At the same time Jorge Pasquel was beginning his most concerted push to raid Major League Baseball rosters for players willing to come south to play in his Mexican League, Mexico’s premier winter league was beginning its first season of play.
In 1945, a group of baseball aficionados led by Teodoro Mariscal of Mazatlan formed what was then known as the Liga del Costa del Pacifico, or Pacific Coast League. The LCP began with four teams: The Maztlan Venados, Hermosillo Queliteros, Guaymas Ostioneros and Culiacan Tecuarineros. Mariscal served as league president the first season, and the first games were held the weekend of October 27-28, 1945. Alejandro “Fray Nano” Reyes, the founder of the Mexican League, threw out the ceremonial first pitch in Culiacan.
Mazatlan won the first Coast League pennant with a 30-24 record. The LCP was considered a success, and it expanded to six teams in 1947 with the addition of Los Mochis and Obregon. Although there would be occasional shifting around of franchises, the league stuck with a six-team lineup for years. The Pacific Coast League lasted through the 1957-58 season, and became a popular destination among American players and Negro League veterans for winter ball experience.
However, the league underwent an overhaul.before the 1958-59 season, changing it’s name to Sonora Winter League and cutting back to four teams: the Hermosillo Naranjeros, Guaymas Ostioneros, Obregon Rojos and Empalme Rieleros. This is considered the beginning of the modern era of what is now the MexPac. When the Culiacan Tomateros and Mazatlan Venados were brought into the circuit in 1965, the league was again renamed to Sonora-Sinaloa League. The league finally settled on its current name of Mexican Pacific League in 1970 when the Confederation of Caribbean Baseball (or COPABE) requested a name change as a prerequisite to admitting Mexico into the Caribbean Series, which was being revived that winter after an absence of ten years following the demise of Cuba’s winter pro baseball with the rise of Fidel Castro and communism.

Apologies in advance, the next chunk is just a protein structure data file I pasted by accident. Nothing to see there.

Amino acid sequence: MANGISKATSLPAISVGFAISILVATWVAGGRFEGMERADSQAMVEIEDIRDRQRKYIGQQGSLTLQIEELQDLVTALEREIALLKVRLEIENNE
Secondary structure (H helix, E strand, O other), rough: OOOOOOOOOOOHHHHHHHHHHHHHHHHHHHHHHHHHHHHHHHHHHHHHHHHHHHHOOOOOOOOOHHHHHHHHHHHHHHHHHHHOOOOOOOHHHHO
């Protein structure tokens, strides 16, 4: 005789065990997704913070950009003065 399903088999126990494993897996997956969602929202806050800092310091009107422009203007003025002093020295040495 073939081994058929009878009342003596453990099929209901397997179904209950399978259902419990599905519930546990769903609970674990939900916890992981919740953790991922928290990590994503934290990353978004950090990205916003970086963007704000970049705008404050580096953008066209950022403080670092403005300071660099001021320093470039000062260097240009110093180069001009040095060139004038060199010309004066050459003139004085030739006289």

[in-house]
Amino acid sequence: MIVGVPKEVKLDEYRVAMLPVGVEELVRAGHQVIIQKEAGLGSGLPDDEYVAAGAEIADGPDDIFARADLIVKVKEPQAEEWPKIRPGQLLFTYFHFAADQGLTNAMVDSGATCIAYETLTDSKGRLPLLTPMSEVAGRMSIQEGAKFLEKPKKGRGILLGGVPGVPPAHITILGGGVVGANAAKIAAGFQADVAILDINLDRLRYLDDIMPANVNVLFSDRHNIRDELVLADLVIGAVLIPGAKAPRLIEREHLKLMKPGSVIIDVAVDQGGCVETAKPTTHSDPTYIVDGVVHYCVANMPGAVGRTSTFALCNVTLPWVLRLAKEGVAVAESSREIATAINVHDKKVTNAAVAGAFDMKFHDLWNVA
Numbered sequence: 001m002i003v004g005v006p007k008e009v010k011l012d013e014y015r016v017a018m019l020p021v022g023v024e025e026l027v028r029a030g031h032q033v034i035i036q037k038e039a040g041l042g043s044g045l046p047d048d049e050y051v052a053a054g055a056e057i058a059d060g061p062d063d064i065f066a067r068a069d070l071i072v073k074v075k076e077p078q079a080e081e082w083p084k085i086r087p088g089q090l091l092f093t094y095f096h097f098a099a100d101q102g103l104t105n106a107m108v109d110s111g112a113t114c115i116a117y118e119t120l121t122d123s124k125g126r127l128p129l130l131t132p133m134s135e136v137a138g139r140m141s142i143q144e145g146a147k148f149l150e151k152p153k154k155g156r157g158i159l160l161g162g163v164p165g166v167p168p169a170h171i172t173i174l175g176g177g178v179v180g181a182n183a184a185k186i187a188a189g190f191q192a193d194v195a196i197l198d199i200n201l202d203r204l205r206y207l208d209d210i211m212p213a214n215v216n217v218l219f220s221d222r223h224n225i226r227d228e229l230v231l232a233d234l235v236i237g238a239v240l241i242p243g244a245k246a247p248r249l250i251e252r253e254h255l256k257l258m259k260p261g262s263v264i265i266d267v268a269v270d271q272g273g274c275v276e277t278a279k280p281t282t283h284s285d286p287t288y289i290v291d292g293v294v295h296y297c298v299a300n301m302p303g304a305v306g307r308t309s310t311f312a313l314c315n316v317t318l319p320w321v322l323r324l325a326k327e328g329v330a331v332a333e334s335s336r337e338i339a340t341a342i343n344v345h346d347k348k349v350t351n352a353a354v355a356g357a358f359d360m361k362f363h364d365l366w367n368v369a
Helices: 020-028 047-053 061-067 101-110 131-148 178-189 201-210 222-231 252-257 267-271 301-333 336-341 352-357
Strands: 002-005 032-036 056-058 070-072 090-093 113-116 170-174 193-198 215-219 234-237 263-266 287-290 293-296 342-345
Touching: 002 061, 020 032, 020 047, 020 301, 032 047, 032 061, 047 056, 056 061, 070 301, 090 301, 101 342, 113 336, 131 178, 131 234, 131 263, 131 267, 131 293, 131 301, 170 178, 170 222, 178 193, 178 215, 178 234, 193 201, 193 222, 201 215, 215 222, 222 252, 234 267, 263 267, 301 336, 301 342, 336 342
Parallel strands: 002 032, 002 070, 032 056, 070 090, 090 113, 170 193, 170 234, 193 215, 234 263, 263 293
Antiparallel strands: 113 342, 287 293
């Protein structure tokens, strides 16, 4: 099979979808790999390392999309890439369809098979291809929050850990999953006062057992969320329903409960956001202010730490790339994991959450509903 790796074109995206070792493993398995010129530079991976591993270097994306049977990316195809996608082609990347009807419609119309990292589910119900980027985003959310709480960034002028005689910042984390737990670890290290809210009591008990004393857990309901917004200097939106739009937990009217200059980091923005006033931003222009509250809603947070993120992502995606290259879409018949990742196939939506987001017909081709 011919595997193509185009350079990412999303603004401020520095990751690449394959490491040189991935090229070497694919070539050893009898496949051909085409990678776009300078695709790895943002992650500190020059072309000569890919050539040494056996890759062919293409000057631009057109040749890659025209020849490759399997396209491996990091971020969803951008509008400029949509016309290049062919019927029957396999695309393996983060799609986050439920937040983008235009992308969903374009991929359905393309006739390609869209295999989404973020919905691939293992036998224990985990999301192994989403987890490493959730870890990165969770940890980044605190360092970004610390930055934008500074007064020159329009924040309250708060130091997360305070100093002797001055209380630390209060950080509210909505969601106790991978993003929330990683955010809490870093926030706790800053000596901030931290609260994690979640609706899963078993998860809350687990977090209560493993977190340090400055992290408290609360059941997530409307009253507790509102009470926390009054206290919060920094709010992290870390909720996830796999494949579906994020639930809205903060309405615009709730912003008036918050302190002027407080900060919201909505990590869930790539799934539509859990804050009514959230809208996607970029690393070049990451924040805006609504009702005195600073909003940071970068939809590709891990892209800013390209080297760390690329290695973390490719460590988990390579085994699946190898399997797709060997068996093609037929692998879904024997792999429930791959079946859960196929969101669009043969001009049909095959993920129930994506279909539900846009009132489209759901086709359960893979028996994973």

While the Mexican Pacific League is not officially recognized by Minor League Baseball, it is probably a stronger organization than a number of circuits north of the border. Almost all eight MexPac teams average more than 5,000 fans per opening over their 68-game schedules, and the level of play is comparable to Class AAA ball as team rosters feature a mix of Mexican League veterans and top prospects from Major League Baseball organizations, although MLB teams are not sending as many young players to spend their winters in Mexico or other Caribbean leagues because of the growth of offseason programs in their spring training complexes in Florida and Arizona.
Over the five decades of winterball in Mexico, Hermosillo teams have won 16 pennants since 1947, while Mazatlan and Culiacan have both won 14 titles. The MexPac has enjoyed limited success in the Caribbean Series, winning just five championships since 1970, most recently Mazatlan’s remarkable champions of 2005. That year, the Venados lost their first-round LMP playoff series, but advanced to the semifinals as the so-called “lucky loser” team with the best record in defeat. They then went on the win the MexPac title and took the Caribbean Series held that February at home in Mazatlan. It remains one of Mexican baseball’s greatest comeback stories.
NEXT WEEK: Mexican Baseball History 4: The Modern Era